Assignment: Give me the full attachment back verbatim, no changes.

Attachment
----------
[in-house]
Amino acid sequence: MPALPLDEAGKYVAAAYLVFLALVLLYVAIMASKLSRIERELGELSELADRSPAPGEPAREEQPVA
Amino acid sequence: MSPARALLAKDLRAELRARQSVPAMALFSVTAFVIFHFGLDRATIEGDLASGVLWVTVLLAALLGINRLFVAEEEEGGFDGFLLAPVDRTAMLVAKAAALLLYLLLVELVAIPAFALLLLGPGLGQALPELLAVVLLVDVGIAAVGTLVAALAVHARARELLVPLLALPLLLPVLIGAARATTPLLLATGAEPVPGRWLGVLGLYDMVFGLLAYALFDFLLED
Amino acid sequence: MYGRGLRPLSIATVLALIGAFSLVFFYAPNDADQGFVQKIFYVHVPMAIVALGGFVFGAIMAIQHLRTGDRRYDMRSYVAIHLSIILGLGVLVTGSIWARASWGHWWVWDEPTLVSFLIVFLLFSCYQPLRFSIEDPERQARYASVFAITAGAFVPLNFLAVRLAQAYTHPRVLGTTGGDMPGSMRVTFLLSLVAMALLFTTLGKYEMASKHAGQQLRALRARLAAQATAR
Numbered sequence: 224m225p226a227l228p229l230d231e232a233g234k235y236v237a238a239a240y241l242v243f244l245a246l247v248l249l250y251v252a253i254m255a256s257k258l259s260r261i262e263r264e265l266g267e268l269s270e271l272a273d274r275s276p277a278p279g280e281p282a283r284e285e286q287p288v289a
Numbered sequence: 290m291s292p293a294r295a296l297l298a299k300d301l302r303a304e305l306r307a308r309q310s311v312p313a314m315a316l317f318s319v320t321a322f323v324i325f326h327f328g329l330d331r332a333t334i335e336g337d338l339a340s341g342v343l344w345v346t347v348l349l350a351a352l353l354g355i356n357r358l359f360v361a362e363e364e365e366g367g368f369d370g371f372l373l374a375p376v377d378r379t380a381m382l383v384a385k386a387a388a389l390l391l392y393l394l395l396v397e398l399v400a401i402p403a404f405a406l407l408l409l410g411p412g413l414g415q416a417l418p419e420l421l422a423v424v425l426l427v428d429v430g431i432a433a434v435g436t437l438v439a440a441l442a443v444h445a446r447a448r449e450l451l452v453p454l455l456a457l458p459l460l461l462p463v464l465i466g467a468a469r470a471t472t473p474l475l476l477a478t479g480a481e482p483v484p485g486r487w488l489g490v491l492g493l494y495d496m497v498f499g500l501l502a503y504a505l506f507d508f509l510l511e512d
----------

[in-house]
Amino acid sequence: MPALPLDEAGKYVAAAYLVFLALVLLYVAIMASKLSRIERELGELSELADRSPAPGEPAREEQPVA
Amino acid sequence: MSPARALLAKDLRAELRARQSVPAMALFSVTAFVIFHFGLDRATIEGDLASGVLWVTVLLAALLGINRLFVAEEEEGGFDGFLLAPVDRTAMLVAKAAALLLYLLLVELVAIPAFALLLLGPGLGQALPELLAVVLLVDVGIAAVGTLVAALAVHARARELLVPLLALPLLLPVLIGAARATTPLLLATGAEPVPGRWLGVLGLYDMVFGLLAYALFDFLLED
Amino acid sequence: MYGRGLRPLSIATVLALIGAFSLVFFYAPNDADQGFVQKIFYVHVPMAIVALGGFVFGAIMAIQHLRTGDRRYDMRSYVAIHLSIILGLGVLVTGSIWARASWGHWWVWDEPTLVSFLIVFLLFSCYQPLRFSIEDPERQARYASVFAITAGAFVPLNFLAVRLAQAYTHPRVLGTTGGDMPGSMRVTFLLSLVAMALLFTTLGKYEMASKHAGQQLRALRARLAAQATAR
Numbered sequence: 224m225p226a227l228p229l230d231e232a233g234k235y236v237a238a239a240y241l242v243f244l245a246l247v248l249l250y251v252a253i254m255a256s257k258l259s260r261i262e263r264e265l266g267e268l269s270e271l272a273d274r275s276p277a278p279g280e281p282a283r284e285e286q287p288v289a
Numbered sequence: 290m291s292p293a294r295a296l297l298a299k300d301l302r303a304e305l306r307a308r309q310s311v312p313a314m315a316l317f318s319v320t321a322f323v324i325f326h327f328g329l330d331r332a333t334i335e336g337d338l339a340s341g342v343l344w345v346t347v348l349l350a351a352l353l354g355i356n357r358l359f360v361a362e363e364e365e366g367g368f369d370g371f372l373l374a375p376v377d378r379t380a381m382l383v384a385k386a387a388a389l390l391l392y393l394l395l396v397e398l399v400a401i402p403a404f405a406l407l408l409l410g411p412g413l414g415q416a417l418p419e420l421l422a423v424v425l426l427v428d429v430g431i432a433a434v435g436t437l438v439a440a441l442a443v444h445a446r447a448r449e450l451l452v453p454l455l456a457l458p459l460l461l462p463v464l465i466g467a468a469r470a471t472t473p474l475l476l477a478t479g480a481e482p483v484p485g486r487w488l489g490v491l492g493l494y495d496m497v498f499g500l501l502a503y504a505l506f507d508f509l510l511e512d